There are several basic methods of evaluating an investments that are commonly used by decision makers in both private corporations and public agencies. Each of these measures is intended to be an indicator of profit or net benefit for a project under consideration. Some of these measures indicate the size of the profit at a specific point in time; others give the rate of return per period when the capital is in use or when reinvestments of the early profits are also included. If a decision maker understands clearly the meaning of the various profit measures for a given project, there is no reason why one cannot use all of them for the restrictive purposes for which they are appropriate. With the availability of computer based analysis and commercial software, it takes only a few seconds to compute these profit measures. However, it is important to define these measures precisely.

The internal rate of return (IRR)

The internal rate of return (IRR) is the discount rate often used in capital budgeting that makes the net present value of all cash flows from a certain project equal to zero. This in essence means that IRR is the rate of return that makes the sum of present value of future cash flows and the final market value of a project (or investment) equals its current market value. The higher a project’s internal rate of return, the more desirable it is to undertake the project. As a result, it is used to rank several prospective projects a firm is considering. As such the internal rate of return provides a simple hurdle, whereby any project should be avoided if the cost of capital exceeds this rate. A simple decision making criteria can be to accept a project if its internal rate of return exceeds the cost of capital and rejected if the IRR is less than the cost of capital. Although it should be noted that the use of IRR could result in a number of complexities such as a project with multiple IRRs or no IRR and also that IRR neglects the size of the project and assumes that cash flows are reinvested at a constant rate. Internal rate of return is the flip side of net present value (NPV), where NPV is discounted value of a stream of cash flows, generated from investment. IRR computes the break-even rate of return showing the discount rate.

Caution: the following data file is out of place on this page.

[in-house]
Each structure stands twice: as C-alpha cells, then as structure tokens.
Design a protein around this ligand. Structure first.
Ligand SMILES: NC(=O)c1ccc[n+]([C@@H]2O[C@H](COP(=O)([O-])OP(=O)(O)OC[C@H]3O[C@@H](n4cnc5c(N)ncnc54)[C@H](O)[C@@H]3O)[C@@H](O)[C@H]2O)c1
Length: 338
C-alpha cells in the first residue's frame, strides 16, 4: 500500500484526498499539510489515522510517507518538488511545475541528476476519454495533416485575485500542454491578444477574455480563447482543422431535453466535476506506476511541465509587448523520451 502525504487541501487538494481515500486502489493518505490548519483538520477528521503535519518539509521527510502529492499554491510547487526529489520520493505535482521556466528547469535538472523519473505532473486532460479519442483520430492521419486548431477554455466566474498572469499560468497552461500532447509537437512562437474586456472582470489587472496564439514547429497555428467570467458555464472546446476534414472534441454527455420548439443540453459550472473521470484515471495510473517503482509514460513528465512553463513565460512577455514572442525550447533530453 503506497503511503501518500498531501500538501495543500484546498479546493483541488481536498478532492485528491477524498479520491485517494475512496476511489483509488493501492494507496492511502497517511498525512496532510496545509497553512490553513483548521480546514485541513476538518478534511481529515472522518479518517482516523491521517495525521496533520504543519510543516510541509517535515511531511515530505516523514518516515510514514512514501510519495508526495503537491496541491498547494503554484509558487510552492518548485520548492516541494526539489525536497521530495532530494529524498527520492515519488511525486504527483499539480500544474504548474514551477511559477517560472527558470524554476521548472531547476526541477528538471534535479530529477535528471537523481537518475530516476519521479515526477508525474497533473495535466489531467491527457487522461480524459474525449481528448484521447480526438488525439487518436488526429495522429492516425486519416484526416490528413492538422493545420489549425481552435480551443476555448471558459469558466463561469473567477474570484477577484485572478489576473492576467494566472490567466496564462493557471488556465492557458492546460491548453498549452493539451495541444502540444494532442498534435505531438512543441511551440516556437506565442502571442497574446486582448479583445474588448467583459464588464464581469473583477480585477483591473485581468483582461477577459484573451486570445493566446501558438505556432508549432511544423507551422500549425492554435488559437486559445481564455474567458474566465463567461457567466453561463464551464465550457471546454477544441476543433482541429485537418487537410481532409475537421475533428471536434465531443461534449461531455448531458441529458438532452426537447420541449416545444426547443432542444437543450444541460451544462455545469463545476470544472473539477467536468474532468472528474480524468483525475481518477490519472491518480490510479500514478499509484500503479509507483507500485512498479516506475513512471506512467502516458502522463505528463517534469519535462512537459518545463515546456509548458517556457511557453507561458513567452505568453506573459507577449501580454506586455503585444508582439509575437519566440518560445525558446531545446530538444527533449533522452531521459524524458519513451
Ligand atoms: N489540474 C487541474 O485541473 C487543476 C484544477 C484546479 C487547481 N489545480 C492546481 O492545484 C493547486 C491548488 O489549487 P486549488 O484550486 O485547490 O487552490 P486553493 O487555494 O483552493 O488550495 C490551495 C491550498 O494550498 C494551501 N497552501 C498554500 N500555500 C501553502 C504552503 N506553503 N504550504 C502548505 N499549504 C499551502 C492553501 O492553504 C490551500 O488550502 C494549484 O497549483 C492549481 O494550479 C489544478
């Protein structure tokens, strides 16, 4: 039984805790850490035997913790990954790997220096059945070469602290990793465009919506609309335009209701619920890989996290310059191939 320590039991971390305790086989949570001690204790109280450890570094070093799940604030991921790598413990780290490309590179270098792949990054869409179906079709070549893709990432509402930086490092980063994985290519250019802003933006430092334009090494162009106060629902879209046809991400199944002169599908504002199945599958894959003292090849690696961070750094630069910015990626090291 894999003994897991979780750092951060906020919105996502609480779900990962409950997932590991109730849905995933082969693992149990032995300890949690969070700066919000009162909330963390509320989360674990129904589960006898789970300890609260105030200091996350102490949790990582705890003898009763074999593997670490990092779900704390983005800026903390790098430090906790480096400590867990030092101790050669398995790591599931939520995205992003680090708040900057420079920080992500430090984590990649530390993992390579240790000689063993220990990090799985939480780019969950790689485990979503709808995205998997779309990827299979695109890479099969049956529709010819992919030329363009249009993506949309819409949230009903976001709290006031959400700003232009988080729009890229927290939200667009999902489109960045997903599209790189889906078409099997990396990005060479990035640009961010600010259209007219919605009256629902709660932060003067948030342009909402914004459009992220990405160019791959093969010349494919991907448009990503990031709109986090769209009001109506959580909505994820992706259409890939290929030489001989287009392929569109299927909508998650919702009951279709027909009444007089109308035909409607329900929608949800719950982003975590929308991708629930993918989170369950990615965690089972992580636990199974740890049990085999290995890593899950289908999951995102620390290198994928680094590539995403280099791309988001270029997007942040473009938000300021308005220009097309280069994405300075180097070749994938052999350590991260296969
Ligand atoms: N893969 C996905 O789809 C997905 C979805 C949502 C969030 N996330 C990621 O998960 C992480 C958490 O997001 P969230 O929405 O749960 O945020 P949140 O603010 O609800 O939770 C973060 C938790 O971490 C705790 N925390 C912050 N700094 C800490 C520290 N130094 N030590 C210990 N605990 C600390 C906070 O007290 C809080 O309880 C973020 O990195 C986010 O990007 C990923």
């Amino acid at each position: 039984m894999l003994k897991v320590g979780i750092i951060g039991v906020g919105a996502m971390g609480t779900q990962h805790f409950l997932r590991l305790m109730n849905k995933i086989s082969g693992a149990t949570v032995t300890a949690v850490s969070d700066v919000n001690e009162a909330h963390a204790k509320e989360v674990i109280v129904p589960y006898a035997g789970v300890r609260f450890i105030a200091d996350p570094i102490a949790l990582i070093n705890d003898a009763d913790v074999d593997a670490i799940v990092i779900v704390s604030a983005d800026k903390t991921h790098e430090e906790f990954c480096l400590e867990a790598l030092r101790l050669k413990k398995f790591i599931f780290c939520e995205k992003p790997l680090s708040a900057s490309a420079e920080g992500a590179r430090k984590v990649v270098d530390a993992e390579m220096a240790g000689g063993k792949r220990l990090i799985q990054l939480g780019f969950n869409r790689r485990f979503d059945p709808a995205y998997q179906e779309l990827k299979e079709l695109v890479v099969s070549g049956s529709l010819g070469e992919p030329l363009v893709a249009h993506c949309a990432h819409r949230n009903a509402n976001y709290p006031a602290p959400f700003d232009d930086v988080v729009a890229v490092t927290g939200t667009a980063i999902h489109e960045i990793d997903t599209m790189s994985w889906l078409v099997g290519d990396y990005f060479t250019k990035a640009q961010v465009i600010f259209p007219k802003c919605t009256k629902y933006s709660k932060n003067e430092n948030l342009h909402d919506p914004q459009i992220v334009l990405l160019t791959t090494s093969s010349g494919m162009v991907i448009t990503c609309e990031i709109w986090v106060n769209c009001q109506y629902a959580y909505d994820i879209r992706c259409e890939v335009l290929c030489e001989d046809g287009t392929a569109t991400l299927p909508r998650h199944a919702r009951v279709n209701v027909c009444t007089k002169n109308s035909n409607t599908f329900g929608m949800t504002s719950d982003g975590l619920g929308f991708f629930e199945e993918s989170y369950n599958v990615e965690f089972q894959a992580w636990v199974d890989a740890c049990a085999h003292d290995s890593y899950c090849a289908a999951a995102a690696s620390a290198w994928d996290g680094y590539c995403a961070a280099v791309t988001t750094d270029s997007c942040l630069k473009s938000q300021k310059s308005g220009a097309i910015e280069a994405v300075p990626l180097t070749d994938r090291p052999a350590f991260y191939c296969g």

IRR can be mathematically calculated using the following formula: C0+C11+r1+C21+r2+C31+r3+Cn1+rn=0

where

C0 – the Cash Outflow generated in period No= 0

C - the Cash Flow generated in the specific period (the last period being ‘n’). IRR, denoted by ‘r’ is to be calculated by employing trial and error method or use built-in functions from Excel. In addition to problems associated with calculating an IRR, there are a few issues with which the user should be aware. One of them, if the series of cash flows has more than one sign reversal (changes from a positive to a negative cash flow, or vice versa) then there are multiple solutions. For example, if we have two sign changes in the series of cash flows and thus we have two IRRs. In fact, there are as many roots (solutions) as there are changes in signs, so a problem with 4 sign reversals would have 4 different solutions. To deal with this issue, a modified internal rate of return, or MIRR, is often used. Under this approach, all negative cash flows are first treated as a single problem and placed into an equivalent negative single present value. Then, all positive cash flows are treated as a single problem and represented as a single positive future value. Finally, NPV methods are applied to the two values – the negative single initial value and the positive single future value as though these were the only two cash flows and therefore having only one solution. Advantages of internal rate of return (IRR)

* It is considered to be straight forward and easy to understand. * It recognizes the time value of...